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Thread: Should the Euro be forced to de-value?

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    Politics.ie Member Ulster-Lad's Avatar
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    Default Should the Euro be forced to de-value?

    There are several advantages and disadvantages to de-valuing a currency. Among the advantages are:

    Exports become cheaper and more competitive to foreign buyers. This would provide a boost to domestic demand. The knock on effect to this would be JOBS.

    The higher the level of exports should improve our account deficits.

    The combination of the above leads naturally to economic growth.

    There are some disadvantages but I do not see them as a factor in a recession. Inflation is the number 1 problem with devaluation. While the rest of Europe may see inflation in the future, I do not see Ireland experiencing inflation anytime soon although we will probably face interest rate rises when inflation does hit the continent.

    Probably the only country in the world not to experience the recession or it’s effects has been China. China has been accused and is facing sanctions now for intentionally devaluing and maintaining it’s currency at low levels. They are not in recession and in full employment. Their export market is strong.

    Question is should the EU be forced to devalue the Euro? Thoughts
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    Politics.ie Member danger here's Avatar
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    Quote Originally Posted by Ulster-Lad View Post
    There are several advantages and disadvantages to de-valuing a currency. Among the advantages are:

    Exports become cheaper and more competitive to foreign buyers. This would provide a boost to domestic demand. The knock on effect to this would be JOBS.

    The higher the level of exports should improve our account deficits.

    The combination of the above leads naturally to economic growth.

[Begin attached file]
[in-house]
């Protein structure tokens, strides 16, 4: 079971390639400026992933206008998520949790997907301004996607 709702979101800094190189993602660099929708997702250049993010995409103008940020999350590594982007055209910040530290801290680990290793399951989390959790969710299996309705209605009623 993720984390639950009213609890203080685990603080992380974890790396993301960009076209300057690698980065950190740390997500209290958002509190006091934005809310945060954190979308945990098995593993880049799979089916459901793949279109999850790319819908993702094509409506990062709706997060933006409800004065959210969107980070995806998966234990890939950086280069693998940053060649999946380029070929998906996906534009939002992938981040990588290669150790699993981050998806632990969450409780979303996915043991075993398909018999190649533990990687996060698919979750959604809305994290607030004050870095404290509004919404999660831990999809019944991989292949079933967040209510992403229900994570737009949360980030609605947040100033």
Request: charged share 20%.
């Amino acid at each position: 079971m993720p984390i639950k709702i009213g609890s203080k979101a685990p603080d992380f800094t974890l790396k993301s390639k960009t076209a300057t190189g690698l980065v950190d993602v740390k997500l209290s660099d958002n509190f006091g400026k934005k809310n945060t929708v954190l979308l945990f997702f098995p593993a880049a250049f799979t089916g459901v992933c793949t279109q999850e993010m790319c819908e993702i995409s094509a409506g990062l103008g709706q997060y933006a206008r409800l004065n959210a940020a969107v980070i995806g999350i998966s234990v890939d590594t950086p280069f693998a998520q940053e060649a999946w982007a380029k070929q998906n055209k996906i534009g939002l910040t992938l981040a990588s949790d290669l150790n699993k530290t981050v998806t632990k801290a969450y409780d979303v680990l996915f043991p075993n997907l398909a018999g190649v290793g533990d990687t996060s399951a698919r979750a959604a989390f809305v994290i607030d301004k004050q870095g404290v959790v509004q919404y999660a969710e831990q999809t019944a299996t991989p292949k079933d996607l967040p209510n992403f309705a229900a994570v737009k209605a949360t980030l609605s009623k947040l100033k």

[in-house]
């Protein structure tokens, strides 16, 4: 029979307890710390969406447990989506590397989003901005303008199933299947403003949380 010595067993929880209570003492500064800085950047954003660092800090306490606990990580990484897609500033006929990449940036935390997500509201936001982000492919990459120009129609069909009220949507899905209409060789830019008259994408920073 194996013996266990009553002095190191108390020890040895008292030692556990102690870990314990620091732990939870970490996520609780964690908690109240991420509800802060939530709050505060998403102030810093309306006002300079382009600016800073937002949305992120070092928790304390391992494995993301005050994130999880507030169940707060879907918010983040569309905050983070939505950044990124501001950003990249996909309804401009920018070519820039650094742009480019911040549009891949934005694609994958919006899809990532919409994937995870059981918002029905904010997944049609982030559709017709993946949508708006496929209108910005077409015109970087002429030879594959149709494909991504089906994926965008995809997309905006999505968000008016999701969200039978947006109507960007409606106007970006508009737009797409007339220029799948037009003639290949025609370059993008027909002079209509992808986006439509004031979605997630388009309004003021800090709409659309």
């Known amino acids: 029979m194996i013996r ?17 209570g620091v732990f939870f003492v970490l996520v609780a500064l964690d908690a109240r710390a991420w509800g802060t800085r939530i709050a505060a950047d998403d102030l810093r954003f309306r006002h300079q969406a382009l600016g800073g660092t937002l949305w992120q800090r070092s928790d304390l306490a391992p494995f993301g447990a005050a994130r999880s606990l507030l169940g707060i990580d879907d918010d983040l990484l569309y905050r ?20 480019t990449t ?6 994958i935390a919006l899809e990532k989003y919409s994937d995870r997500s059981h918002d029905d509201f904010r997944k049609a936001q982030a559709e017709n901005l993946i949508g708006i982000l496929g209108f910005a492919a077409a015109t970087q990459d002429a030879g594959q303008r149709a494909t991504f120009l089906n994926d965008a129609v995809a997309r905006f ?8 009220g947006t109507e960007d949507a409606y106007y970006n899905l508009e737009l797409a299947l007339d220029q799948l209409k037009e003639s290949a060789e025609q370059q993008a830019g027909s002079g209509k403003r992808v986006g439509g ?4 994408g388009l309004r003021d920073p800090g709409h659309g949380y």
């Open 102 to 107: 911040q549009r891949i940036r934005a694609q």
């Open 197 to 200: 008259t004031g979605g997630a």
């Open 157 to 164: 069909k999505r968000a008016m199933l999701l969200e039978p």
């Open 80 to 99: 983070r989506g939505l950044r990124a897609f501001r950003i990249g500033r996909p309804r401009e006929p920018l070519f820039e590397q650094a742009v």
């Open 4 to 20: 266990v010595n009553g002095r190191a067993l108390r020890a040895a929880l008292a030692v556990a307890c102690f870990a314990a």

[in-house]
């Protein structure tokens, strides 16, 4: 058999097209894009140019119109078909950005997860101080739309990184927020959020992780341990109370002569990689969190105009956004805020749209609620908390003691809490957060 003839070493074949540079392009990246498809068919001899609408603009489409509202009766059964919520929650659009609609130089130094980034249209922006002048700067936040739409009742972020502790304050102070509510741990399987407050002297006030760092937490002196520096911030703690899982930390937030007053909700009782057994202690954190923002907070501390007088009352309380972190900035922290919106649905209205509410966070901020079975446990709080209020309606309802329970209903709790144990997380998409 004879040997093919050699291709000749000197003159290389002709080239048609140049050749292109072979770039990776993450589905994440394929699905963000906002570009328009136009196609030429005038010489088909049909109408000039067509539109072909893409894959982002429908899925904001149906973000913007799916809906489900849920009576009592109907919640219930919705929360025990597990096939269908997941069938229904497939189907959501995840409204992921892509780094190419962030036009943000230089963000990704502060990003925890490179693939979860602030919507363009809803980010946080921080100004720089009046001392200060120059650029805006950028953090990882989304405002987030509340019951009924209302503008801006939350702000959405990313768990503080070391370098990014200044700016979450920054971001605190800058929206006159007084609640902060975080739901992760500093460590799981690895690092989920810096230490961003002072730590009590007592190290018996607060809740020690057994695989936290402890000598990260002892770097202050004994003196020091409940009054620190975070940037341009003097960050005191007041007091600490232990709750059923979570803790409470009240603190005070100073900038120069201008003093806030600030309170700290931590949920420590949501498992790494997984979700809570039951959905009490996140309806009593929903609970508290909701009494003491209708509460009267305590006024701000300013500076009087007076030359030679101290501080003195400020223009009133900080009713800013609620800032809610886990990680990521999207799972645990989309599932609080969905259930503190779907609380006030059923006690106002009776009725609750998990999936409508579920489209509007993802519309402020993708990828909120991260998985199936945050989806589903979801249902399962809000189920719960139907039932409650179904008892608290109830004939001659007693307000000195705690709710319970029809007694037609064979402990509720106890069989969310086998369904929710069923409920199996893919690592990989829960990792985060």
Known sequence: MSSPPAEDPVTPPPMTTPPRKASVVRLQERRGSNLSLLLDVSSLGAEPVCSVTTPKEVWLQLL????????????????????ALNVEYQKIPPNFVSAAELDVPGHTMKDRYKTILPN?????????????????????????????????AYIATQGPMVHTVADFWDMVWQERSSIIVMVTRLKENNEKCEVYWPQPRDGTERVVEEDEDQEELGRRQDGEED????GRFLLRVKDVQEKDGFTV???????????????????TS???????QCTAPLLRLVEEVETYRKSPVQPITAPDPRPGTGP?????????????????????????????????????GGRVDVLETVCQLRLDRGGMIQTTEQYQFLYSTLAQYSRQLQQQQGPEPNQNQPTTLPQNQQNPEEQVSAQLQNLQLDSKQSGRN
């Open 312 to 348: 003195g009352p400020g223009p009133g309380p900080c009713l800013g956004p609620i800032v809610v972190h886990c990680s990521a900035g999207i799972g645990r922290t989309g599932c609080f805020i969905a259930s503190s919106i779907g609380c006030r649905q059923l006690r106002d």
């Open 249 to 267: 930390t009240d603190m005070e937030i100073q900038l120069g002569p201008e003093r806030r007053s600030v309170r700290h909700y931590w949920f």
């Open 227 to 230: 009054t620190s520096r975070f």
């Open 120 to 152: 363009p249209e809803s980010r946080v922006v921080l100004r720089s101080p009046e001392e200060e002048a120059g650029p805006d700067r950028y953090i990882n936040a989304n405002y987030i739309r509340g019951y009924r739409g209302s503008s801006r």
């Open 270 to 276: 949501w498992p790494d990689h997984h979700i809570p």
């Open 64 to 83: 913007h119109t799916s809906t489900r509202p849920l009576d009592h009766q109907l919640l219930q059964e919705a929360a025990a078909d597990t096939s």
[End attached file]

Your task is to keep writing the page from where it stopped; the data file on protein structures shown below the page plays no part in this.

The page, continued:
There are some disadvantages but I do not see them as a factor in a recession. Inflation is the number 1 problem with devaluation. While the rest of Europe may see inflation in the future, I do not see Ireland experiencing inflation anytime soon although we will probably face interest rate rises when inflation does hit the continent.

    Probably the only country in the world not to experience the recession or it’s effects has been China. China has been accused and is facing sanctions now for intentionally devaluing and maintaining it’s currency at low levels. They are not in recession and in full employment. Their export market is strong.

    Question is should the EU be forced to devalue the Euro? Thoughts
    Why would you want to do that?The Euro is somewhat bigger than Ireland's domestic problems,I don't see the logic of dragging down countries like France and Germany which are booming at the moment.Also google "Chinese Property Bubble" and have a read.

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    Politics.ie Member Ulster-Lad's Avatar
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    Quote Originally Posted by danger here View Post
    Why would you want to do that?The Euro is somewhat bigger than Ireland's domestic problems,I don't see the logic of dragging down countries like France and Germany which are booming at the moment.Also google "Chinese Property Bubble" and have a read.